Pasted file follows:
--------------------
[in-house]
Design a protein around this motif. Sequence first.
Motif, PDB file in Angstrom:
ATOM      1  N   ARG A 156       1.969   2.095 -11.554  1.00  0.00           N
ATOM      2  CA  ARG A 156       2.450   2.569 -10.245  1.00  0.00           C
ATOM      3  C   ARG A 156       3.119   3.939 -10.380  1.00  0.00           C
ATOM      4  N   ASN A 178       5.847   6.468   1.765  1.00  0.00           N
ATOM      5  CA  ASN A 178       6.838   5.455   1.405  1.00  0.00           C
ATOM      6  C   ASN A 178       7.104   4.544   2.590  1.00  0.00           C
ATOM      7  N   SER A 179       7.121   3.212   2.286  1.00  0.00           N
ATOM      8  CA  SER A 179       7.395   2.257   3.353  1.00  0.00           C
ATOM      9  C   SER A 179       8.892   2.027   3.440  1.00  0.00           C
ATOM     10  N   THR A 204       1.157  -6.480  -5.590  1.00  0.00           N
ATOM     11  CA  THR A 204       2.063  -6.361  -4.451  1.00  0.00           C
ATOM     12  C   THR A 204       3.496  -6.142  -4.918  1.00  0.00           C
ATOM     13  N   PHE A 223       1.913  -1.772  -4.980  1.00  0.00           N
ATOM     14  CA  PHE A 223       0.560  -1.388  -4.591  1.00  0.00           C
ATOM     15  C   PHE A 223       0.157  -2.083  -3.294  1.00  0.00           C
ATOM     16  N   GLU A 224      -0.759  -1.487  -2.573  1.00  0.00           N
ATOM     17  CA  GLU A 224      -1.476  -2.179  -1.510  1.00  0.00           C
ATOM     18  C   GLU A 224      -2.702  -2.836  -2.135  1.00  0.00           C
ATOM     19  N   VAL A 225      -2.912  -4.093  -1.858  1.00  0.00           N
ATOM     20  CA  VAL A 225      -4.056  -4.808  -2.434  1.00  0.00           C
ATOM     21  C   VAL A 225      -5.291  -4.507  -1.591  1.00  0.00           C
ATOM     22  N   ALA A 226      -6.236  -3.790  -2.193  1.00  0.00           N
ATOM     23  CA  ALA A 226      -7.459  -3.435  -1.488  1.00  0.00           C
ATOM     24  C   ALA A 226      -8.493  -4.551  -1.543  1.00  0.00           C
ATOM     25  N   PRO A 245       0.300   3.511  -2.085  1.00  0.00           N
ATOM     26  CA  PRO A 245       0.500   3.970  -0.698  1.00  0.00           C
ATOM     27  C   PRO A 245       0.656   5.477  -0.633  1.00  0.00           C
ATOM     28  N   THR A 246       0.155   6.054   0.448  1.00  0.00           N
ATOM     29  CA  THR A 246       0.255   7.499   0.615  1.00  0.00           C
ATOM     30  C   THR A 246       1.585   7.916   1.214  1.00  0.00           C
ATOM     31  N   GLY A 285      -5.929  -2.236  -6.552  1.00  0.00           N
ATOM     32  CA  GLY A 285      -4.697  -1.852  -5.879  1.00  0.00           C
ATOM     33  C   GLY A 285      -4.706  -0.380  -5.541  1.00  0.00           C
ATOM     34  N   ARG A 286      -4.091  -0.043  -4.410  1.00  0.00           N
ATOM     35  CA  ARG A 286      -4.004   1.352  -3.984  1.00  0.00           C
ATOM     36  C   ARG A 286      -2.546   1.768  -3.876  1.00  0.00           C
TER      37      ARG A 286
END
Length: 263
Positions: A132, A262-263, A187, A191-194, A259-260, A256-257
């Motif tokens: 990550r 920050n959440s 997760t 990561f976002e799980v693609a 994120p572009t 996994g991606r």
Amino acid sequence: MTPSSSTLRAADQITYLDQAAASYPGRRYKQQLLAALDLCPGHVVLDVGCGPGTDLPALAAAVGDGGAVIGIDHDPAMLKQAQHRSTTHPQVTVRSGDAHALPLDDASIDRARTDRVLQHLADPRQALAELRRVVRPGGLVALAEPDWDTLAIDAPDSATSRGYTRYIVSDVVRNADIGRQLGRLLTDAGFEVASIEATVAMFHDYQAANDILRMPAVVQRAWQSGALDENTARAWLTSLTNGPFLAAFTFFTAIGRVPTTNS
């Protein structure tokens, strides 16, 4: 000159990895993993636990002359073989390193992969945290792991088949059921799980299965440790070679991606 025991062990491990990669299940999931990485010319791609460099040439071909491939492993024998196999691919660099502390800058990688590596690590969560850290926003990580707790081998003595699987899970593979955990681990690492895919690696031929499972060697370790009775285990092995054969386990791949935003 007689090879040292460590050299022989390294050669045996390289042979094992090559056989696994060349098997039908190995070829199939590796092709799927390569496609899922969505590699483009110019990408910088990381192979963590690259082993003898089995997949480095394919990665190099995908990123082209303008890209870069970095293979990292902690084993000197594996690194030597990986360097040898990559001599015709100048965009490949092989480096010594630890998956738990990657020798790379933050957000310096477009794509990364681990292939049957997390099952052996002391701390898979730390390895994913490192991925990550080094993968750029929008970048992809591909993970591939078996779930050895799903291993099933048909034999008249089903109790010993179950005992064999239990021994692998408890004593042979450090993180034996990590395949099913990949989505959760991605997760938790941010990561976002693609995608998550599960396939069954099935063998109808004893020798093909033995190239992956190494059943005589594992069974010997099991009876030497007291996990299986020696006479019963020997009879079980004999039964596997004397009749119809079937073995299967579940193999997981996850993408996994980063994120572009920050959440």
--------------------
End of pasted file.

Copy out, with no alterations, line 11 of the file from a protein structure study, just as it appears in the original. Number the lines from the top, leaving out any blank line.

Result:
ATOM      8  CA  SER A 179       7.395   2.257   3.353  1.00  0.00           C